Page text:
John Weekes

John Weekes is an NZME. News Service reporter based in Wellington.

Driver's Ducati crash guilt

Family waiting to be told about restorative justice meeting

Chris Heilbronn's death in March devastated his family and colleagues.
Chris Heilbronn's death in March devastated his family and colleagues.

A woman has admitted causing the death of popular Auckland business leader Chris Heilbronn in a road smash.

Lesley Southwick, 52, has been charged.
Lesley Southwick, 52, has been charged.

Heilbronn's death in March — he was riding his Ducati motorcycle in Omaha at the time of the crash — devastated his family and the colleagues he'd worked with over the decades at accountancy firms BDO, Deloitte and Kensington Swan.

Four and a half months later, 52-year-old educator and company director Lesley Southwick has been charged.

Southwick, of Epsom, appeared in North Shore District Court on Monday. She pleaded guilty to careless driving causing death and will be sentenced in October. In the meantime, the case has been referred to a restorative justice co-ordinator.

Heilbronn's wife Jeanette was surprised she hadn't heard about the restorative justice suggestion sooner. "It would be nice to be kept in the loop a little more," she said. Yet she did not think Southwick should go to jail.

"I'm sure she's not enjoying the process," Heilbronn said. "I imagine she wakes up seeing that accident happen before her eyes."

An Auckland restorative justice co-ordinator said he only received case notes from the court on Friday and because of the case's tragic circumstances, it was inappropriate to rush the issue. It could take days or weeks for victims to be told of restorative justice proposals, depending on the speed of court bureaucracy and how accessible a victim's contact details were.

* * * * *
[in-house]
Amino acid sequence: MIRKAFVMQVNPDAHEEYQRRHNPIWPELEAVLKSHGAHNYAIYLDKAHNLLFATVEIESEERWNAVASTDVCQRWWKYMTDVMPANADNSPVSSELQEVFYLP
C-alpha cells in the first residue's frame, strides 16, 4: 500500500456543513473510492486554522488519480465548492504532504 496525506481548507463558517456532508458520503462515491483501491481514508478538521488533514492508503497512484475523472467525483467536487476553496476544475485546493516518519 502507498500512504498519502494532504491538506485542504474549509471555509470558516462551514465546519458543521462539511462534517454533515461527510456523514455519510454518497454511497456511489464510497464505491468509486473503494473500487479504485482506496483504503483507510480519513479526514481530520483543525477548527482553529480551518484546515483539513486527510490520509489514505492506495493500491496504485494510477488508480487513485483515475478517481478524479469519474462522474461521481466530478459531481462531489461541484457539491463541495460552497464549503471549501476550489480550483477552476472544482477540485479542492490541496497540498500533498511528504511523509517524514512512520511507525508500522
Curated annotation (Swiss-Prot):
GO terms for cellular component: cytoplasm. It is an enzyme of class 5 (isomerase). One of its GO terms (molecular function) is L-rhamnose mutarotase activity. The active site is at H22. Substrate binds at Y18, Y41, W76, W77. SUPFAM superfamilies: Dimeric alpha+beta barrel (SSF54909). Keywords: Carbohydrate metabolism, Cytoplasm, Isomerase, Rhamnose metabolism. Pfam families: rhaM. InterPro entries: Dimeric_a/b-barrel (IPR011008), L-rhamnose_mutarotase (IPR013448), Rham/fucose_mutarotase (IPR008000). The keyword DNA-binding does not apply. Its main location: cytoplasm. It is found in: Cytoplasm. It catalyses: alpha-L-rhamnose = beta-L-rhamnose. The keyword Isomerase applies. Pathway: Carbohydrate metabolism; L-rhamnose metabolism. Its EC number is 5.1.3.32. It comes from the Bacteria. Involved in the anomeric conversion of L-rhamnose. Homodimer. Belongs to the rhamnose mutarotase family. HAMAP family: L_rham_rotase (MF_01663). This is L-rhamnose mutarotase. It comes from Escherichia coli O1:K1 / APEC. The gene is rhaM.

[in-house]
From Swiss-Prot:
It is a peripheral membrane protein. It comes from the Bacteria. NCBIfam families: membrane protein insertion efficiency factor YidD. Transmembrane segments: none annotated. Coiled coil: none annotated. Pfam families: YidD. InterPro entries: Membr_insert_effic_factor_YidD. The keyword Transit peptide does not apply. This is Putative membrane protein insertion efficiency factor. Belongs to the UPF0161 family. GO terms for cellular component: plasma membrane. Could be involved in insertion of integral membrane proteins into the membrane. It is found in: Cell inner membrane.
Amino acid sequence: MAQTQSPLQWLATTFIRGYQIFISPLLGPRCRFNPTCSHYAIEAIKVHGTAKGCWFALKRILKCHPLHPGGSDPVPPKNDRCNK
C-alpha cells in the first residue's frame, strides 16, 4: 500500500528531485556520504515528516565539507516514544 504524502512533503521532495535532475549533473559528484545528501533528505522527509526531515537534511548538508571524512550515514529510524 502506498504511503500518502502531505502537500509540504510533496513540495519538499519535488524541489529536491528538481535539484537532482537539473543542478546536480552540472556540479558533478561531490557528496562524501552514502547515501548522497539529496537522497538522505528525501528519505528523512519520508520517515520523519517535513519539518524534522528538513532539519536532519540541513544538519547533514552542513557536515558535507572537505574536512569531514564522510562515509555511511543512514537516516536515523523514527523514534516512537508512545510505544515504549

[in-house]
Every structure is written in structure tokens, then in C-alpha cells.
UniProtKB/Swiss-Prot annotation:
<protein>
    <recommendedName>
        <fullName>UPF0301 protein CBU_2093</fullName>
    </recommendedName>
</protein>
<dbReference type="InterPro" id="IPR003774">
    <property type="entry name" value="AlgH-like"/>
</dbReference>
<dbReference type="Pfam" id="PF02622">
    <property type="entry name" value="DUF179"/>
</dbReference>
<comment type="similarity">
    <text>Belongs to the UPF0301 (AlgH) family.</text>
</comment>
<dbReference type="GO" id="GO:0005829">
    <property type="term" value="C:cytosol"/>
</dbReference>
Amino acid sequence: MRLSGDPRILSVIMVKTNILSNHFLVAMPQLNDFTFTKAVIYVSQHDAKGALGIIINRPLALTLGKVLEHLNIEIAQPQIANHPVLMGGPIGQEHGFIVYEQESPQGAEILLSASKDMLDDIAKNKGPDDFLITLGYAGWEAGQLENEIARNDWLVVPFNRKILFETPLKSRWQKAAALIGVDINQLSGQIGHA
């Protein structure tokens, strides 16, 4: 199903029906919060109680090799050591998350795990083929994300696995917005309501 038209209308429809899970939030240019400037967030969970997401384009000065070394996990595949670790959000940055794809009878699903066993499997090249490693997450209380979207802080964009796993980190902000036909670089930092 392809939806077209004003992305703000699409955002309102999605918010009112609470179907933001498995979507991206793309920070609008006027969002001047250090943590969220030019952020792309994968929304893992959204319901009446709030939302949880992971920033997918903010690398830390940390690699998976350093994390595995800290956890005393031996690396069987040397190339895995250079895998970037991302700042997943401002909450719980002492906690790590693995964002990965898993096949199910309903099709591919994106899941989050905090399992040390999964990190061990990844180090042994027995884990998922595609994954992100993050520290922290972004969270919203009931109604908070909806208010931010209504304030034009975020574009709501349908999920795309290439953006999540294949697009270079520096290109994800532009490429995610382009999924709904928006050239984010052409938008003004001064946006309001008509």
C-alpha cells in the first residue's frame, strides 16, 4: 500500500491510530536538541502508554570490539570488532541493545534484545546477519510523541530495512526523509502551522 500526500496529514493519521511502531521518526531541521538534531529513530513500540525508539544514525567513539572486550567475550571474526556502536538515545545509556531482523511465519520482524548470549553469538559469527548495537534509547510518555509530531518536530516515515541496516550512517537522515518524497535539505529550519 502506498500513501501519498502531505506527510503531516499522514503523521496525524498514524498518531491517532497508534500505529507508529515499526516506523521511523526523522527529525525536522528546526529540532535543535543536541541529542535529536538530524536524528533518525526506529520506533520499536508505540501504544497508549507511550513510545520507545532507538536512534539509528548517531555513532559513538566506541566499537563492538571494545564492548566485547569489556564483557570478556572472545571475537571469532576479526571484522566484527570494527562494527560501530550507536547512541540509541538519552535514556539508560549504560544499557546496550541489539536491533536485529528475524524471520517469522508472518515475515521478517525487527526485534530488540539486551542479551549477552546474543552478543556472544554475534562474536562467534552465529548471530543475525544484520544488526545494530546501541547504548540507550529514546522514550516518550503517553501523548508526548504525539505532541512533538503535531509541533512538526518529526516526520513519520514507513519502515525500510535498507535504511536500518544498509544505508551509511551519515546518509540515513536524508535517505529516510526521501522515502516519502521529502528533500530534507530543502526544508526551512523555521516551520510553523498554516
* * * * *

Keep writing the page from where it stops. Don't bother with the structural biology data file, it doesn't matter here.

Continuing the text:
He said Auckland District Court currently had to deal with 232 restorative justice cases, and North Shore had 64.

Southwick directed queries to her lawyer Steve Cullen, who said a restorative justice co-ordinator would approach the Heilbronns.

"We offered. We asked if it could be explored," Cullen said. He said Southwick wanted to communicate her condolences to the Heilbronns shortly after the crash but those were rebuffed, which was "understandable in the circumstances of a recent bereavement".

Cullen said restorative justice was a "deeply therapeutic" approach appropriate to propose in this case. "It can be incredibly powerful for all the people involved, and hugely of benefit to victims." He said Southwick was a "lovely lady" and an "absolutely archetypal New Zealand mother, wife and citizen caught up in extraordinarily sad circumstances".

Heilbronn was riding a Ducati motorbike in Omaha in March when he collided with Southwick's turning vehicle.

Cullen said Southwick did not see Heilbronn or his motorcycle.

- Herald on Sunday

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